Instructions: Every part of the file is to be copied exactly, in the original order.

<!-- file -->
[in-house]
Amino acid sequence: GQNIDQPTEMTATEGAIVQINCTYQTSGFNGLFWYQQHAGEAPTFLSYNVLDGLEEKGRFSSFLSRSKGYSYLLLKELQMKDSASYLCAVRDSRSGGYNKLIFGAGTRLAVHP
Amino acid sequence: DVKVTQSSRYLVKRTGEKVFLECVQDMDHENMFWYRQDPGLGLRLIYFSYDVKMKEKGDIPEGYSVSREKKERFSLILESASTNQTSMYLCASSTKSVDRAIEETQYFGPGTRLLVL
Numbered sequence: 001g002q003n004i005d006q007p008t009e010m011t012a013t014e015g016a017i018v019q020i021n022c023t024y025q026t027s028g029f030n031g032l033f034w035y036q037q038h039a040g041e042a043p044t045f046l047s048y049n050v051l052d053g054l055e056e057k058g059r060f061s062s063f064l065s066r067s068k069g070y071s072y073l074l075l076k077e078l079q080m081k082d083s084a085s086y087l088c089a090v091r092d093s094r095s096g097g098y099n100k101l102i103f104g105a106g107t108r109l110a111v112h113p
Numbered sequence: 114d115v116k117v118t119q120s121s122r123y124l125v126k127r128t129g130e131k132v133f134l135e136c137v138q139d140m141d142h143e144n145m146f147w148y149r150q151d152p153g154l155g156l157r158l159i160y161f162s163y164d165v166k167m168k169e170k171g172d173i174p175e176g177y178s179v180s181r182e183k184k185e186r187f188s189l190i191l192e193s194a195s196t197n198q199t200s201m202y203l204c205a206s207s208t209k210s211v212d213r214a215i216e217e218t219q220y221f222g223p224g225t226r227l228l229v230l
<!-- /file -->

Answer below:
[in-house]
Amino acid sequence: GQNIDQPTEMTATEGAIVQINCTYQTSGFNGLFWYQQHAGEAPTFLSYNVLDGLEEKGRFSSFLSRSKGYSYLLLKELQMKDSASYLCAVRDSRSGGYNKLIFGAGTRLAVHP
Amino acid sequence: DVKVTQSSRYLVKRTGEKVFLECVQDMDHENMFWYRQDPGLGLRLIYFSYDVKMKEKGDIPEGYSVSREKKERFSLILESASTNQTSMYLCASSTKSVDRAIEETQYFGPGTRLLVL
Numbered sequence: 001g002q003n004i005d006q007p008t009e010m011t012a013t014e015g016a017i018v019q020i021n022c023t024y025q026t027s028g029f030n031g032l033f034w035y036q037q038h039a040g041e042a043p044t045f046l047s048y049n050v051l052d053g054l055e056e057k058g059r060f061s062s063f064l065s066r067s068k069g070y071s072y073l074l075l076k077e078l079q080m081k082d083s084a085s086y087l088c089a090v091r092d093s094r095s096g097g098y099n100k101l102i103f104g105a106g107t108r109l110a111v112h113p
Numbered sequence: 114d115v116k117v118t119q120s121s122r123y124l125v126k127r128t129g130e131k132v133f134l135e136c137v138q139d140m141d142h143e144n145m146f147w148y149r150q151d152p153g154l155g156l157r158l159i160y161f162s163y164d165v166k167m168k169e170k171g172d173i174p175e176g177y178s179v180s181r182e183k184k185e186r187f188s189l190i191l192e193s194a195s196t197n198q199t200s201m202y203l204c205a206s207s208t209k210s211v212d213r214a215i216e217e218t219q220y221f222g223p224g225t226r227l228l229v230l